Scammers targeted Etsy in an unusual attack over the long Independence Day holiday weekend, and the marketplace had the situation under control by Monday morning.
On Saturday, Etsy sellers began reporting “bot shops,” and it was through their efforts the marketplace took action against the scammers. As we reported on Monday, scammers opened hundreds of shops on Etsy containing listings copied from other sellers; it appeared the perpetrators were taking orders (and presumably payments) with no intention of fulfilling them.
Etsy’s head of Marketplace Integrity Sarah Abramson posted the following message in the Etsy forums on Sunday evening:
“Thanks for bringing this to our attention. The Trust & Safety team is investigating this now, and will address any issues we find directly with the shop owners.
“We’re grateful that you alerted us to this situation. I can see your flags and reports coming into our queues- please keep them coming! Your observations are very helpful.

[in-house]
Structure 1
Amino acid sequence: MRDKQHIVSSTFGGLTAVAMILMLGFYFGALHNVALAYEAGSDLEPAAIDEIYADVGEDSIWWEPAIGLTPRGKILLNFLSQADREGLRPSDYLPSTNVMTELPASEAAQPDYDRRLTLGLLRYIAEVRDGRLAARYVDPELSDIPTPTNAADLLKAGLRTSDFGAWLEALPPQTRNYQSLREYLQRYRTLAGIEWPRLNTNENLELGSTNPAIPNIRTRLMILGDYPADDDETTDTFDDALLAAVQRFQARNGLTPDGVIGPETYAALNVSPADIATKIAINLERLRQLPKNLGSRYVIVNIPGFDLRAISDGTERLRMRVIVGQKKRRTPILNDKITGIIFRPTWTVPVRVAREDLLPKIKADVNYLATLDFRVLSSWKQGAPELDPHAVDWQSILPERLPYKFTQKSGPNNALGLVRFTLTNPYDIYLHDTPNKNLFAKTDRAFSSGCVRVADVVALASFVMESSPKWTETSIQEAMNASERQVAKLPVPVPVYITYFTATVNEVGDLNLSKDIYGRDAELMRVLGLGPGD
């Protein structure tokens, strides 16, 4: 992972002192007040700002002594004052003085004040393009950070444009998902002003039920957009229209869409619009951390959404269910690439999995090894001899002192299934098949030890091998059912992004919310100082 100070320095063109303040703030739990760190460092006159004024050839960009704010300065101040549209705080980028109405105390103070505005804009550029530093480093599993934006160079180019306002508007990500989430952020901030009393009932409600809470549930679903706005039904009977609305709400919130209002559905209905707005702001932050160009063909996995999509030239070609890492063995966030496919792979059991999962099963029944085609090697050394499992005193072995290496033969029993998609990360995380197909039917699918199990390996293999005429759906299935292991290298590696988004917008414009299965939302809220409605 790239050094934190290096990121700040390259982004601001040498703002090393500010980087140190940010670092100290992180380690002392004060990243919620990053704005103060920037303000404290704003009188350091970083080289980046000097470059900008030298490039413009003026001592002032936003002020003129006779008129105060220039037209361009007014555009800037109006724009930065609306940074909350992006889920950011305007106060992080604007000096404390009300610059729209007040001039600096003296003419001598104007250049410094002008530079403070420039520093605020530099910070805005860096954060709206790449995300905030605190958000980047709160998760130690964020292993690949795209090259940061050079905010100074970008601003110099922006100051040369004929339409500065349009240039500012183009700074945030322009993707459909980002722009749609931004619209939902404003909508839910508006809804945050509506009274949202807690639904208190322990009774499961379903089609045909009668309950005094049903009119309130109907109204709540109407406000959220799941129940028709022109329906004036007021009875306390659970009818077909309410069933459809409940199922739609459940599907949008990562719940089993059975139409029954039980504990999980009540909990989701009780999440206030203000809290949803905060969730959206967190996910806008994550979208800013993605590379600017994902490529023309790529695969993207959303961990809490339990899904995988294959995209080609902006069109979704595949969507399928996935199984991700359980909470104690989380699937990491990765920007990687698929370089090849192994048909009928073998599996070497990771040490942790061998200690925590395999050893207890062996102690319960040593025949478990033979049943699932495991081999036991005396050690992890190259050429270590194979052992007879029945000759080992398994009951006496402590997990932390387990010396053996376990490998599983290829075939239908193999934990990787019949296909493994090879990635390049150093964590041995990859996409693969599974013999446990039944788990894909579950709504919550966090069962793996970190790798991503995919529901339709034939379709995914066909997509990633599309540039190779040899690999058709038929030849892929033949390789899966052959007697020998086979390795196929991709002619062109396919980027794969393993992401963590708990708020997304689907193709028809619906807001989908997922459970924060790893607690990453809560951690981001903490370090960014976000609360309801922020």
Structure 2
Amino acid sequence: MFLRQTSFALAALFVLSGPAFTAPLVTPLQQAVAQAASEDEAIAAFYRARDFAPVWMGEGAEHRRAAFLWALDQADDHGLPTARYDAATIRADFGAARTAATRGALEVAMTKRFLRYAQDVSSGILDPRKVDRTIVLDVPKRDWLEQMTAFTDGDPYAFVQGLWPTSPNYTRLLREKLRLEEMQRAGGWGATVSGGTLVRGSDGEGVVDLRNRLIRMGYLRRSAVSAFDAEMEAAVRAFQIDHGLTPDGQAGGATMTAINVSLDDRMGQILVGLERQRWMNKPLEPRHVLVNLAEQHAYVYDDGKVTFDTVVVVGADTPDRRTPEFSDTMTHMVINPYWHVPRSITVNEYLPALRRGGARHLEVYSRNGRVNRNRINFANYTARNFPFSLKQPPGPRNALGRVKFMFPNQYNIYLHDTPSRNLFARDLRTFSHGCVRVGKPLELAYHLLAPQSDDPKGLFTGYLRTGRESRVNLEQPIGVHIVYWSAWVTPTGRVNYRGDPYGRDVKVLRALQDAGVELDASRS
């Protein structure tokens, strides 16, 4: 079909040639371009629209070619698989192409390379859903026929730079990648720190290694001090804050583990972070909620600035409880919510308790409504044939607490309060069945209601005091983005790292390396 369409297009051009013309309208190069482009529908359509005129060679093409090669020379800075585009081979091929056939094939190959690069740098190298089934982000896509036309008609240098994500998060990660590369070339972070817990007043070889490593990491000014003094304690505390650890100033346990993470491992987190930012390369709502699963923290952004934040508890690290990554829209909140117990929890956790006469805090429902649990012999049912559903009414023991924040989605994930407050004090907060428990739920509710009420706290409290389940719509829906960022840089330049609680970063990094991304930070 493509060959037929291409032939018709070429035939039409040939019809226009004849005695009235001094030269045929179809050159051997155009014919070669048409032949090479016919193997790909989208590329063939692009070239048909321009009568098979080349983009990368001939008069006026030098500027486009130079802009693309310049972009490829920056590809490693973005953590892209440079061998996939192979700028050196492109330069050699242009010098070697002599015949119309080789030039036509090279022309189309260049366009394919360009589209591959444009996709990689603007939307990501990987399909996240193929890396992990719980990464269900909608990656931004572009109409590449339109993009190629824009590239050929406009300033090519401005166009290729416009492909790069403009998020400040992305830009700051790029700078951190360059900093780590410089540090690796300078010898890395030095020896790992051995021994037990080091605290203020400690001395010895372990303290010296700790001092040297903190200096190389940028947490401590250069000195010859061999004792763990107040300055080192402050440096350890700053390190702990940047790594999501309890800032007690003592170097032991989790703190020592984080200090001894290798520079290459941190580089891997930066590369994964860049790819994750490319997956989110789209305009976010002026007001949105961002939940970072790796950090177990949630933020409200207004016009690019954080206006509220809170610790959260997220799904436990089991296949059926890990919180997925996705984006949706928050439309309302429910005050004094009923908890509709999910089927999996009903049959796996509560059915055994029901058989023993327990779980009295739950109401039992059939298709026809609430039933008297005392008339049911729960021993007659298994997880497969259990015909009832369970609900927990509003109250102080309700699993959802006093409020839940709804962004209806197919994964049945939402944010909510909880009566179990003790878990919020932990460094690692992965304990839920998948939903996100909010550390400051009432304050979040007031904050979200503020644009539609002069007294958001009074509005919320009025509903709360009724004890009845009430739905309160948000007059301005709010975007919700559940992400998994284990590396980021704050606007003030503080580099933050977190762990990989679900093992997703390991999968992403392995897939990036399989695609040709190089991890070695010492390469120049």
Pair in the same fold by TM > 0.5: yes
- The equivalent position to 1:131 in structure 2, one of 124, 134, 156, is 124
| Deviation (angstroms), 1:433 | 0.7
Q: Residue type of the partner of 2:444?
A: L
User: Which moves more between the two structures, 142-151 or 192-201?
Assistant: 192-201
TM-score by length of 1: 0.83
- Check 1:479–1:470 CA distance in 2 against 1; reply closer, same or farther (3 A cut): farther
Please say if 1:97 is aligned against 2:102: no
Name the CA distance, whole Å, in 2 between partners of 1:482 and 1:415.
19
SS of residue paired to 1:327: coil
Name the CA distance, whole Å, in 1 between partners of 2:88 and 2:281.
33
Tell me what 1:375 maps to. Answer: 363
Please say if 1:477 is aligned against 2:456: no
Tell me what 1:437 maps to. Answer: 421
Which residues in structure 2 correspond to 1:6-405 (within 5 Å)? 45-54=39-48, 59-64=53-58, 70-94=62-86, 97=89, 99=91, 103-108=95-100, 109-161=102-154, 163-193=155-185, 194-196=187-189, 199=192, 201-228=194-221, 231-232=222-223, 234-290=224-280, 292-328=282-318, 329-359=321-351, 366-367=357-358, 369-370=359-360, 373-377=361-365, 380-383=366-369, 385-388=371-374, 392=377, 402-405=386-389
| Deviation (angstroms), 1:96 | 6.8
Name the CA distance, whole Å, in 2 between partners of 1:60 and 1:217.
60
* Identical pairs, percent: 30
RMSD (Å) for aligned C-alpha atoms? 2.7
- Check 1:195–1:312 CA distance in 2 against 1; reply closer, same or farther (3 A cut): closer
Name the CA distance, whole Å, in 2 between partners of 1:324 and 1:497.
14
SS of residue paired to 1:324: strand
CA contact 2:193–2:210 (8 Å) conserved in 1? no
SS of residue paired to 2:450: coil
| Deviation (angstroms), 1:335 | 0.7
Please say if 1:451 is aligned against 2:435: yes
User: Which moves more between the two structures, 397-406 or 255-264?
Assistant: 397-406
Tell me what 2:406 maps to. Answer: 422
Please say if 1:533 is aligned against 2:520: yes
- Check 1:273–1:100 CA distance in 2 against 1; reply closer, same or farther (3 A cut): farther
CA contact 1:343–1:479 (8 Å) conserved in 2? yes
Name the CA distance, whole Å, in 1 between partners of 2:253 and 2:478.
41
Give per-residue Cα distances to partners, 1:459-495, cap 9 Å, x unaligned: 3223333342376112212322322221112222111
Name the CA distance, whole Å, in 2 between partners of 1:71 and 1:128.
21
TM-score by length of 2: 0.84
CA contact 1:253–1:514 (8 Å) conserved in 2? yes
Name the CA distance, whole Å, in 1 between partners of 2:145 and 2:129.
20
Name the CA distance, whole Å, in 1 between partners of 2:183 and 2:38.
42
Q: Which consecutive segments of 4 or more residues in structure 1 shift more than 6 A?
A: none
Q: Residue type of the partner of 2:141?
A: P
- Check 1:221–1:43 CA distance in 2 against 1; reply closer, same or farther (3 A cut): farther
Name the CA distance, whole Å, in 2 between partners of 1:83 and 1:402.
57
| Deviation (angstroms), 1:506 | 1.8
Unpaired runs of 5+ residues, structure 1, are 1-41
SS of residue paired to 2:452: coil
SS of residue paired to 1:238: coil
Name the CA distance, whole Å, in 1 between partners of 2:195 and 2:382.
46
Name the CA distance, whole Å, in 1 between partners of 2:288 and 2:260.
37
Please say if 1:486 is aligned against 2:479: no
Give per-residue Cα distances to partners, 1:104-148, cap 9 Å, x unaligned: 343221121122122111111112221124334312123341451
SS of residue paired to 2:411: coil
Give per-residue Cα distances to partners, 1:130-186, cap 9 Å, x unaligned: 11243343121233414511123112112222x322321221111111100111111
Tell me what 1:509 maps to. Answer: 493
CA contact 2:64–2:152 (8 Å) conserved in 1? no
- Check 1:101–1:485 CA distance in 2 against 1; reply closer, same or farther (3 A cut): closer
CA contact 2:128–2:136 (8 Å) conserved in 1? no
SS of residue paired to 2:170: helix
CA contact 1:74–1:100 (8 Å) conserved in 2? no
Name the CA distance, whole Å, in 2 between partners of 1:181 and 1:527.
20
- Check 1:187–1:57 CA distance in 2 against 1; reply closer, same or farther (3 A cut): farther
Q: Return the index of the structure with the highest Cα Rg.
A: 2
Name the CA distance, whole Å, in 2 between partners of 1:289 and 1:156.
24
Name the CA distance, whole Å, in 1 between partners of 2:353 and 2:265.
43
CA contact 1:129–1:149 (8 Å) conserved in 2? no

“If you come across any other shops that your concerned about, please use the “Report this item” button on the bottom right corner of each listing.
“We appreciate your help!”
In response to our inquiry, an Etsy spokesperson told EcommerceBytes, “We were aware of the problem on Sunday morning, and began taking action immediately. As Sarah says, sellers can help by flagging these scammer shops, but they don’t need to do anything to their listings or shops at this time. We’re actively investigating and working to block future shops of this nature from opening.”
How to Find Bot Shops
Sellers were in the dark about how to find the “bot shops.” One method used was to look at newly listed items that were priced at 99 cents with a quantity of 999. Users then searched for the same listing title and found the legitimate shop and the scam shop in the search results.
Users debated whether Etsy should have discouraged sellers from discussing the scams on the forums – see what they had to say, and leave your own comment on the EcommerceBytes Blog.